Tag Archives: cuban missile crisis

A New Cold War?

27 Mar

I was recently asked to offer some commentary for this BBC piece on whether or not we’re in a new Cold War. Obviously, such articles can only use a tiny fraction of the submitted information, so I thought I’d place my full responses here. The questions are those posed by the BBC and, of course, all of my thoughts can and should be contested.

1) When would you say Cold War tensions peaked and why?

The period that we call the Cold War had deep roots in the nineteenth century, and more immediate roots in the period from the 1917 Russian Revolution onwards. It emerged after World War Two as the result of misperception, misunderstanding, ideological fixation, economic tension, and – crucially – the decisions of key individuals such as US president Harry Truman and Soviet leader Joseph Stalin. It’s a handy term that covers the period from the mid-1940s to the late 1990s, encompassing the confrontation between the two major (at the time) ideological systems of liberal capitalism and collectivist communism. It was not the only major feature of the period, but it came to be entangled with other facets of the post-World War Two world such as decolonisation and the emergence of newly independent, formerly colonised, states.

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Interdisciplinary Perspectives on Nuclear Identity

13 Apr
Hogg

Jonathan Hogg’s forthcoming book British Nuclear Culture

Last Friday, April 10, the Centre for the Study of Modern Conflict at the University of Edinburgh played host to a workshop on ‘Interdisciplinary Perspectives on Nuclear Identity’. This formed part of an ongoing series of workshops under the auspices of the British International Studies Association’s Global Nuclear Order Working Group. I was delighted to be able to organise this very stimulating and interesting session that brought together faculty, postgraduates, and practitioners from across the UK.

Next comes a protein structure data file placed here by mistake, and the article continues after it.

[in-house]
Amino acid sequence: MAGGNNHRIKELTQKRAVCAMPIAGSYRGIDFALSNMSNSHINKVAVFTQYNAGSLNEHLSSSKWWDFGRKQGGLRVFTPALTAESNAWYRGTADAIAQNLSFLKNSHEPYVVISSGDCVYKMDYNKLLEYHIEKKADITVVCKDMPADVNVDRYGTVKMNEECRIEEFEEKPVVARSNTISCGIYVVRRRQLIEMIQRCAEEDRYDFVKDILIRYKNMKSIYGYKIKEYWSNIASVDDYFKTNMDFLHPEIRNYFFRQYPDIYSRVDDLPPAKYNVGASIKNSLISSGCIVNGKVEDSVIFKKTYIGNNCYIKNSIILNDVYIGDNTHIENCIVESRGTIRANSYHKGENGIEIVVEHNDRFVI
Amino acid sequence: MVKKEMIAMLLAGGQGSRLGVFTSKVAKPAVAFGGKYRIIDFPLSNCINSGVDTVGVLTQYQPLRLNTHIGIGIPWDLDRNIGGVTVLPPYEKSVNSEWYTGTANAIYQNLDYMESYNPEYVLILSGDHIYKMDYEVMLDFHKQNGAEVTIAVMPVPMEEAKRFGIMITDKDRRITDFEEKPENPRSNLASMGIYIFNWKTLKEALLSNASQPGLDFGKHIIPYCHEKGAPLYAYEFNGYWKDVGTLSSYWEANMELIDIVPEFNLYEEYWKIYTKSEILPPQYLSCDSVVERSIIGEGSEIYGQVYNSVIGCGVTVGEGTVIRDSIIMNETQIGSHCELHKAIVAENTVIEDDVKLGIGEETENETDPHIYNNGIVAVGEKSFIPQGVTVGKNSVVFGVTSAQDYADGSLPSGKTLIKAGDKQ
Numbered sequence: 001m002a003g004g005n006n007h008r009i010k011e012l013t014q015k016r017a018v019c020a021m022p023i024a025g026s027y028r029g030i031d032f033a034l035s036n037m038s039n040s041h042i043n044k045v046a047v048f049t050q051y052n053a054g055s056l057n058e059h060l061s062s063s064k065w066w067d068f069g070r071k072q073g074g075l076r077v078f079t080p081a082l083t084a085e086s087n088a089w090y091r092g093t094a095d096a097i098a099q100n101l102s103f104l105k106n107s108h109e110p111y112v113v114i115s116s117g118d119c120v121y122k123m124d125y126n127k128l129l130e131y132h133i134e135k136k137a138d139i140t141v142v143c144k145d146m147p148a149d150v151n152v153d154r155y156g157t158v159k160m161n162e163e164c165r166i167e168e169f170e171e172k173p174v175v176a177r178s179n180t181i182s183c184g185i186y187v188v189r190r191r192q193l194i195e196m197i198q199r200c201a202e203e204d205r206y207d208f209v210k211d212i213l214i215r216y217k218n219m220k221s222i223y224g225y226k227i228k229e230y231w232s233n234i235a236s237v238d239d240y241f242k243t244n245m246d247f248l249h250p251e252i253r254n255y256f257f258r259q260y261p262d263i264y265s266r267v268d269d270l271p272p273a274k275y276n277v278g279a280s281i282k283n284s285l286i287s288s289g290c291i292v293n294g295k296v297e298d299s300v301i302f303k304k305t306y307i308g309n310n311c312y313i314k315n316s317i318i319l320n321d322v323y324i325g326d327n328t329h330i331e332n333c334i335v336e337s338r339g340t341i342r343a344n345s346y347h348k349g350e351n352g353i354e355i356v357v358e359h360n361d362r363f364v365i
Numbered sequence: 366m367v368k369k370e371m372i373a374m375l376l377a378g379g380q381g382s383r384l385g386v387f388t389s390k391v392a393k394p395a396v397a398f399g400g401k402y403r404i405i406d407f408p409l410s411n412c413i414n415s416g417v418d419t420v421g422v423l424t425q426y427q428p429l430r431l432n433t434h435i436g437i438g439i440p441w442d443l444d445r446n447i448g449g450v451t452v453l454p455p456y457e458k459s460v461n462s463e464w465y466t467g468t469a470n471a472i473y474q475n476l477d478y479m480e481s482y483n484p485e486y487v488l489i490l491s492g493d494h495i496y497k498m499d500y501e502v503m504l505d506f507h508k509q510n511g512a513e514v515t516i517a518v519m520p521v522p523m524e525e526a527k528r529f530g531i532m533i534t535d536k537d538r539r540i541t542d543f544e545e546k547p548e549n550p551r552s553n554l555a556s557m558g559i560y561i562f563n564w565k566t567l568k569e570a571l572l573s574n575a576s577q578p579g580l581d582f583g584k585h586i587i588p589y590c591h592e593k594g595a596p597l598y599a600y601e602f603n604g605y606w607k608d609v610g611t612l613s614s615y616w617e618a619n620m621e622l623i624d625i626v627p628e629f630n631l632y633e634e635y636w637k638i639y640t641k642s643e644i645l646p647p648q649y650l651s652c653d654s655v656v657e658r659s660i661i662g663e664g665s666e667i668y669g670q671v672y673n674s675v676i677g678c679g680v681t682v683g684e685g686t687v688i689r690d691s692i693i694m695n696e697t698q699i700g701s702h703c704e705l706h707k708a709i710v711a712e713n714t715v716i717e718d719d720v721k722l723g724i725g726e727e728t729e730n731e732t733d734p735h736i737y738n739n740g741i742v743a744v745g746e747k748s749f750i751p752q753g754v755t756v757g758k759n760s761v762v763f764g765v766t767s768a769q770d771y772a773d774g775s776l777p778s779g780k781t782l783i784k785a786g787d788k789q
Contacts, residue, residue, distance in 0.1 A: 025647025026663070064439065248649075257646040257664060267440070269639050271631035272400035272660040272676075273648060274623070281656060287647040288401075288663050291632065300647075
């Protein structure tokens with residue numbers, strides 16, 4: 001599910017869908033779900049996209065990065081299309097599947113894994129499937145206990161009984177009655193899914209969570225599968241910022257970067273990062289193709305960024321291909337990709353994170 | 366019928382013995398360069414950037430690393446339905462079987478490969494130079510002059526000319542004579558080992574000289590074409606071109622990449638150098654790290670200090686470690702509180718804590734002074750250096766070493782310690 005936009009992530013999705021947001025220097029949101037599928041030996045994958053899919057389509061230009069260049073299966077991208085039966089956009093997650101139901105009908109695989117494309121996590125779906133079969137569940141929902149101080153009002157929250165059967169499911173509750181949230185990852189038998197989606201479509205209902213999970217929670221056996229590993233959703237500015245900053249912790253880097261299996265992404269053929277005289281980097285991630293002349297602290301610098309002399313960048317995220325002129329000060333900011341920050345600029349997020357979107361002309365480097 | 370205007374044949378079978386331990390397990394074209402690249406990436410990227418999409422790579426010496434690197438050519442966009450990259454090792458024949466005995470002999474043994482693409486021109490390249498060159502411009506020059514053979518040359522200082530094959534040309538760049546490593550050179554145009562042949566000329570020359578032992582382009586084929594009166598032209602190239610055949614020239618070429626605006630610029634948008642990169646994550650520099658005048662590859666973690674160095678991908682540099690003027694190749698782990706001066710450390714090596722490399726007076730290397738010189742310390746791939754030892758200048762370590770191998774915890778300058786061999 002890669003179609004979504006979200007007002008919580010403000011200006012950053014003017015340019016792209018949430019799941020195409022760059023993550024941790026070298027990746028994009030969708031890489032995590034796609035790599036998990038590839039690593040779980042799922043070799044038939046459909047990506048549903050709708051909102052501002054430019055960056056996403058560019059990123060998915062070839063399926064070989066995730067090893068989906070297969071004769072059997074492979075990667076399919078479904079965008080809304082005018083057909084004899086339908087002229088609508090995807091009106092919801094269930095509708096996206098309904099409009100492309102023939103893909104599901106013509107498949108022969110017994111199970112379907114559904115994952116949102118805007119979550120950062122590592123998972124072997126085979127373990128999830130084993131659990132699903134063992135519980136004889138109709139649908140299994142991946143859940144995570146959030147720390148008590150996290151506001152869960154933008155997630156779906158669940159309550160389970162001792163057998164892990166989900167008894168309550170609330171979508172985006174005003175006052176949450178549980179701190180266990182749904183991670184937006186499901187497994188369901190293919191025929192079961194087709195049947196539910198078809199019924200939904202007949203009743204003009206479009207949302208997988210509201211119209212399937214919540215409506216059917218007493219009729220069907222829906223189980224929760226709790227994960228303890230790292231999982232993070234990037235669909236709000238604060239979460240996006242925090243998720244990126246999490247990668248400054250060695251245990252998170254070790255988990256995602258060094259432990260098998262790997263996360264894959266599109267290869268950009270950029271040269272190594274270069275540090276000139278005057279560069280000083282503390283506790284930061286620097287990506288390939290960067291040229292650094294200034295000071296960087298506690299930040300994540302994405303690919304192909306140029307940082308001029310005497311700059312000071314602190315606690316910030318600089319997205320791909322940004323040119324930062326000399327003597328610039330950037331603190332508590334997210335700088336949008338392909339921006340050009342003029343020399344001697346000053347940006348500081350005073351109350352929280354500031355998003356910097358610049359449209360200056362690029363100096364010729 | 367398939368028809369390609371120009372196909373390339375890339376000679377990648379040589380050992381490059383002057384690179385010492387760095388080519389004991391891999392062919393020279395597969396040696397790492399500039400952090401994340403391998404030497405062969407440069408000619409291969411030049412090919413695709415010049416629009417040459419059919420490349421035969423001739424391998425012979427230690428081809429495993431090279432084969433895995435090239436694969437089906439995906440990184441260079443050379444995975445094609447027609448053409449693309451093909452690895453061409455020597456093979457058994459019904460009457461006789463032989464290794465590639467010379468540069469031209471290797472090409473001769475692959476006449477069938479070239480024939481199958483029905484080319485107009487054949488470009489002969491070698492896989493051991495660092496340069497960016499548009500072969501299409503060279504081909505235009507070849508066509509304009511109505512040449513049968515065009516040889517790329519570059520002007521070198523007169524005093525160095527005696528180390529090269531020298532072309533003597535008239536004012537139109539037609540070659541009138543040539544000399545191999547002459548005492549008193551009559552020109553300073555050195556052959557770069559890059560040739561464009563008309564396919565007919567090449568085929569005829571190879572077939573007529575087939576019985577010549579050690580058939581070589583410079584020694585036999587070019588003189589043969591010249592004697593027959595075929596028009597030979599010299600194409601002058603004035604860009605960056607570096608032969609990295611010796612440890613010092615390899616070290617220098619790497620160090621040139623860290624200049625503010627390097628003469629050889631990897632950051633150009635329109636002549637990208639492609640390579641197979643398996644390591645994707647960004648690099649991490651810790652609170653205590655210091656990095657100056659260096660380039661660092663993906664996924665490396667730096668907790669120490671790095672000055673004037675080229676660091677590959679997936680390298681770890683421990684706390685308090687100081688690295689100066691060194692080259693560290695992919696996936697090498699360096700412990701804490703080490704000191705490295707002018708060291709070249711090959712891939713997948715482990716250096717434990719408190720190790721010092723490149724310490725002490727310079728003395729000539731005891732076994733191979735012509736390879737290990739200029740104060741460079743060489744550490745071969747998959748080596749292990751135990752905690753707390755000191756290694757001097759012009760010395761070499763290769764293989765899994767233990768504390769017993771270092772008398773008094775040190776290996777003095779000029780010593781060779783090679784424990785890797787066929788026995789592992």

The aim of the day was to discuss and debate various interpretations of ‘nuclear identity’ and how the work we are doing in our different disciplines can fruitfully be shared. One of the main aims – for me certainly – was to grapple with how we understand ‘identity’ and how do we analyse it in our different disciplines and across disciplinary boundaries. In regard to this, I was struck by how much common group we all shared, whether working in history, political science, international relations, or within the nuclear establishment itself.

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Teaching The Nuclear Cold War: Weeks 4 and 5, US-UK relations & the Berlin and Cuban crises

21 Oct

An omnibus edition this time round, because of extreme busy-ness last week!

Week four of the course saw us tackle the ups and downs of the Anglo-American nuclear relationship. From the sudden cut-off because of the McMahon Act to the restoration to full cooperation under the Mutual Defence Agreement, nuclear relations between London and Washington were never that smooth.

This aside, one of the most fascinating aspects of week 3 was our examination of the 1955 Strath Report, and it’s this I’d like to concentrate on. Few university courses use the report in full as a primary source, but I think it – and the reactions it provokes – provide immensely instructive insights into British nuclear thinking in the 1950s. In brief, the Strath Report argued that with the advent of the hydrogen bomb, British society – in its 1950s form – could not survive nuclear war. Ministers responded to this with horror, recoiling from many of William Strath’s recommendations to increase survivability. Likewise, the government declined to make public the findings of Strath.

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